Lynn Novick is one of the most renowned and respected documentary filmmakers and storytellers in America, recipient of Emmy, Peabody and Alfred I. duPont Columbia Awards. For more than 30 years she has been directing and producing landmark documentary films for PBS about American life and culture, history, politics, sports, art, architecture, literature, and music. In collaboration with Ken Burns, she has created more than 80 hours of acclaimed programming — The Vietnam War, Prohibition, Frank Lloyd Wright, The War, Jazz, Baseball, and The Tenth Inning — films which have received 19 Emmy nominations.

Novick’s most recent production, College Behind Bars –  her debut as a solo director – explores the inspiring and transformational journeys of a dozen incarcerated men and women doing time for serious crimes, as they struggle to earn degrees in one of the most rigorous and effective prison education programs in the country, the Bard Prison Initiative (BPI).  The immersive series, produced by Sarah Botstein and executive produced by Burns,  was distilled from nearly 400 hours of cinema-verite footage shot over four years in medium and maximum security prisons.  The story unfolds through the voices and lived experiences of incarcerated men and women, without voice-over narration, and for Novick marks a new path from the historical films for which she and Burns are known.

College Behind Bars premiered at the New York Film Festival, aired on PBS in 2019, received two Emmy nominations, and asks urgently contemporary and timeless questions – What is prison for? Who in America has access to educational opportunity? As the incarcerated students master the liberal arts, reimagine themselves, come to terms with their pasts, and become fully engaged citizens, they shatter stereotypes about incarcerated people and their intellectual and moral capacities.  What college does, it helps us learn about the nation,” says BPI student Rodney Spivey-Jones. “It helps us become civic beings. It helps us understand that we have an interest in our community, that our community is a part of us and we are a part of it.”  “What you see in … these heartbreaking, inspiring stories,” says Jamil Smith in Rolling Stone, “ is a testament to the power of education, and why it remains such a dangerous and underrated weapon against a racially and economically unjust status quo in this nation.”  Similarly, the Washington Post noted that those who oppose prison education programs are “perhaps aggravated at the sight of these men overachieving and the personal freedom that knowledge bestows.” The Education Writers of America honored the series for Best Visual Storytelling: “The commitment and effort the filmmakers took to tell the stories of [men and women] trying to better their lives by obtaining a college degree – and what their stories say about our criminal justice system – is nothing short of incredible….The film does honor to its subjects and the debate over the purpose of education and rehabilitation.”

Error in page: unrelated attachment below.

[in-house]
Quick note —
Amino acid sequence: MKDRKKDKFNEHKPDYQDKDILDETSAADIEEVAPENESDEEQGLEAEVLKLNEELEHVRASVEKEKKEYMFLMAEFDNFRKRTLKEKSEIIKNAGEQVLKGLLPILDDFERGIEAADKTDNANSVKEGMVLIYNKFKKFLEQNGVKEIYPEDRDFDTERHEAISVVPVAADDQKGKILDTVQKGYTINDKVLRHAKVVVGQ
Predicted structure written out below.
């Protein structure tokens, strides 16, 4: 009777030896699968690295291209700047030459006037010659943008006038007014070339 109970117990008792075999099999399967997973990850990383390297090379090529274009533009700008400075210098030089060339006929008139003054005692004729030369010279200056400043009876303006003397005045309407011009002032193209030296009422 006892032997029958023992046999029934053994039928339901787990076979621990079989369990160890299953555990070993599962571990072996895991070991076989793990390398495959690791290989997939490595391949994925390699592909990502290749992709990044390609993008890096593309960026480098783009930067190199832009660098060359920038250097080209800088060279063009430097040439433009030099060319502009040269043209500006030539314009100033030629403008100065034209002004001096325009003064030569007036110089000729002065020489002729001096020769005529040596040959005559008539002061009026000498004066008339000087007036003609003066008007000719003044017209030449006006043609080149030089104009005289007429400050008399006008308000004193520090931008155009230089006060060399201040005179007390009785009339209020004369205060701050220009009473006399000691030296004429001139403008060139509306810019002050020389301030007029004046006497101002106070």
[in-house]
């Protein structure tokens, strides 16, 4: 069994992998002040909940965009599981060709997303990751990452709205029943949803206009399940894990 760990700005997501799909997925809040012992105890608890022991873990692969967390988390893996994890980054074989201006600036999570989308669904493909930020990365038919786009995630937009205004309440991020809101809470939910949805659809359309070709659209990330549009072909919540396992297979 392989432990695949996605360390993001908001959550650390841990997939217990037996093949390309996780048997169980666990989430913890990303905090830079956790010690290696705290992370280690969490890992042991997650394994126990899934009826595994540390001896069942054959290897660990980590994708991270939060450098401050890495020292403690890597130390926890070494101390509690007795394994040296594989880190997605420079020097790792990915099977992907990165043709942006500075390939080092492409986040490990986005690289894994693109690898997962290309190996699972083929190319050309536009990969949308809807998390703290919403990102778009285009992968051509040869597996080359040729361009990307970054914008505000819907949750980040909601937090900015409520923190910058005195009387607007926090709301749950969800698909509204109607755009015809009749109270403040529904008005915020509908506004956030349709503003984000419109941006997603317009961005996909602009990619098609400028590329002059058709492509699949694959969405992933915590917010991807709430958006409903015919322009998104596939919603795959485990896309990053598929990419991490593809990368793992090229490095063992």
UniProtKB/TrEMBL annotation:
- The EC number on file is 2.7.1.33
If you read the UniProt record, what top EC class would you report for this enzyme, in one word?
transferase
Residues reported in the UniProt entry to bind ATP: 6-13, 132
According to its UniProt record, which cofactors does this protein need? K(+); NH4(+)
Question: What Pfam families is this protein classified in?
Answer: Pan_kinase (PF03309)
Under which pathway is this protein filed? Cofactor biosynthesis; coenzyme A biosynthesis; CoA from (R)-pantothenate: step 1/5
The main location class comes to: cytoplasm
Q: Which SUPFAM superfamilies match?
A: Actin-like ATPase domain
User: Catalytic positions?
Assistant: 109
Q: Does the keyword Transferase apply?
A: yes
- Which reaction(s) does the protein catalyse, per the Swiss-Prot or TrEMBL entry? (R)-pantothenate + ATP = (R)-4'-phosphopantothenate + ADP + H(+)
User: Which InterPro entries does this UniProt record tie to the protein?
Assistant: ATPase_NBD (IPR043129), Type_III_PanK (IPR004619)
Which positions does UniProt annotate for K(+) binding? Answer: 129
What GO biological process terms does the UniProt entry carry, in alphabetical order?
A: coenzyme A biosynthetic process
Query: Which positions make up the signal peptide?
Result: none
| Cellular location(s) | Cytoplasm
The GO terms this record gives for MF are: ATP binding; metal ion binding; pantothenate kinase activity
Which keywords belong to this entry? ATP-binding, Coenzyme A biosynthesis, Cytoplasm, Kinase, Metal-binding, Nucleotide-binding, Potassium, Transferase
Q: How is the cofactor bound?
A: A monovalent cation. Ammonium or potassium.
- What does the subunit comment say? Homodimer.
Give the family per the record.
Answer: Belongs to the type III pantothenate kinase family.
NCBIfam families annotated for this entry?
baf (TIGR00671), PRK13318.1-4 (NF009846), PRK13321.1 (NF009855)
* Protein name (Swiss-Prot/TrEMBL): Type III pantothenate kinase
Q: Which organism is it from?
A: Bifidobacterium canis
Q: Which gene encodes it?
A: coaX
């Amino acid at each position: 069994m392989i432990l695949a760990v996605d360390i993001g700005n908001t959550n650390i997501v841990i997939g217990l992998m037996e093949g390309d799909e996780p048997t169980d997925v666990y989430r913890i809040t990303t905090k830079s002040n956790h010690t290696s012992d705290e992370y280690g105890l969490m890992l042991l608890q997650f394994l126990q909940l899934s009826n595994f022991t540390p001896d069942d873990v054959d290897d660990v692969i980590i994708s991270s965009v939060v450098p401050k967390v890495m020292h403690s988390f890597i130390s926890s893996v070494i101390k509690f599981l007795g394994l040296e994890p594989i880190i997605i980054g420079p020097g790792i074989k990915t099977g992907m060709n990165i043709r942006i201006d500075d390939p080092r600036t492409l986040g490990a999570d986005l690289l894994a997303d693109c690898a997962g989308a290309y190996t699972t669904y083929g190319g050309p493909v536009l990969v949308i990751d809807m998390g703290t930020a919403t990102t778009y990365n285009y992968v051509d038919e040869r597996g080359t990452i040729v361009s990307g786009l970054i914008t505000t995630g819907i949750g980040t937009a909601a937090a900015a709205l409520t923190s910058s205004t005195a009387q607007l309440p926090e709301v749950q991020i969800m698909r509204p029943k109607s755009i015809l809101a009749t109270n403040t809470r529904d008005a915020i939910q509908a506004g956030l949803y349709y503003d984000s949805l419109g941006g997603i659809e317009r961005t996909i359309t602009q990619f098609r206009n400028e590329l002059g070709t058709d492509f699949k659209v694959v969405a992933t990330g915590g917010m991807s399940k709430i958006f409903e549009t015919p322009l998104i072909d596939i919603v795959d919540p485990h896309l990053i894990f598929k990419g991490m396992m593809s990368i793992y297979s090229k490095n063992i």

Novick’s next solo directing project is an 8-part series on the history of crime and punishment in America, executive produced by Burns. She is currently collaborating with Burns, Botstein and the writer Geoffrey C. Ward on a three-part biography of Ernest Hemingway airing on PBS in April 2021; a six-hour examination of America’s response to the Holocaust; and a series on the presidency of Lyndon B. Johnson. Potential future projects include a series on the history of Soviet spying in America and a series about the public and private lives of remarkable American women.  She is a magna cum laude graduate of Yale with honors in American Studies and lives in New York City.